Wherever people are gathered though, health department staff will expect them to follow the rules, city officials said.

What he has been trying to do, the governor said, is "find the right balance" in imposing and then gradually lifting restrictions designed to slow the spread of the virus and allow the state's health care system, and specifically hospitals, to be able to manage the load. 

"People have been cautious," he said, "and I think that's a good thing."

"We're getting through this together," the governor said.

"If you go to a big event, it would be a good idea to wear a mask," he cautioned.

Among the changes on June 1 will be requiring travelers to quarantine for 14 days only after returning from a foreign country.

Once again, Ricketts said part of the impetus for gradually relaxing sanctions is a concern about the patience of the public for an extended set of restrictions.

"We're trying to find the right speed now," he said. "If you lock down too long, people start ignoring restrictions."

Steve Martin, executive director of the Alliance for the Future of Agriculture in Nebraska, joined Ricketts at the briefing to announce the beginning of a fund drive to provide food pantries with refrigerators and freezers.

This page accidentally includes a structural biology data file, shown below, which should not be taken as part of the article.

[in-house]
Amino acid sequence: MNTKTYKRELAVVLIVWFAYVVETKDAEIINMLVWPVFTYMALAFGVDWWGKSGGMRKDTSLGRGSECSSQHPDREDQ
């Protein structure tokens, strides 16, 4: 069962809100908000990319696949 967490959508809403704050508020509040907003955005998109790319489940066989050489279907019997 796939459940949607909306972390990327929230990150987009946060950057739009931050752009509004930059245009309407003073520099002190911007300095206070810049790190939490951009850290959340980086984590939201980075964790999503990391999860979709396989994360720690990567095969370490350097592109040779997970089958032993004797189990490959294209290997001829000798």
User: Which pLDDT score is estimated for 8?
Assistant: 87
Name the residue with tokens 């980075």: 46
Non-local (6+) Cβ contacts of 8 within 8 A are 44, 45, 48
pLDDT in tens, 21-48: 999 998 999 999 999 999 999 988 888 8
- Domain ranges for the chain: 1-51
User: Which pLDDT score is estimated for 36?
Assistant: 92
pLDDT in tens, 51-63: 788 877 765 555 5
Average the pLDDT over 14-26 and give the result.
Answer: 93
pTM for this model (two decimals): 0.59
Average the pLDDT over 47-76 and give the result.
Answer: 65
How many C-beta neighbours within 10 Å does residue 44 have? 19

In answer to questions, Ricketts said he recently met with meatpacking workers by telephone to listen to their concerns about protection from the virus in their workplace.  

Latest updates on coronavirus in Lincoln

Latest updates on coronavirus in Lincoln and nearby

See the latest news as more coronavirus cases are identified in Nebraska.

Ramadan, an important month in the Islamic calendar wherein Muslims fast from sun-up to sun-down, is commencing during an uncertain time due to social distancing measures. While the usual traditions that come with this month are currently not an option, Muslims in Lincoln are finding unique opportunities to connect with their faith.

Among the changes the company is instituting are providing face coverings and requiring employees to wear them, making time clocks touchless and monitoring employees for fever.

The Elton John concert scheduled for Pinnacle Bank Arena on June 9 has been postponed and is being rescheduled for 2021, although no new date has been set.

  • Updated

At middle and high schools across the city, teachers made signs and hung decorations and put on costumes and played music to help students note the end of a school year where dining room tables and bedroom desks became the classroom.

  • Updated

This year would have marked the 153rd annual community Fourth of July celebration in Seward, which first put on an event in the local town square in 1868.

  • Updated

Gov. Ricketts said he has tried to balance restrictions with a regional loosening of mandates that preserves citizen willingness and responsibility, an approach sometimes described as "the hammer and the dance." 

Staff writer Riley Johnson contributed to this report.

This article originally ran on journalstar.com.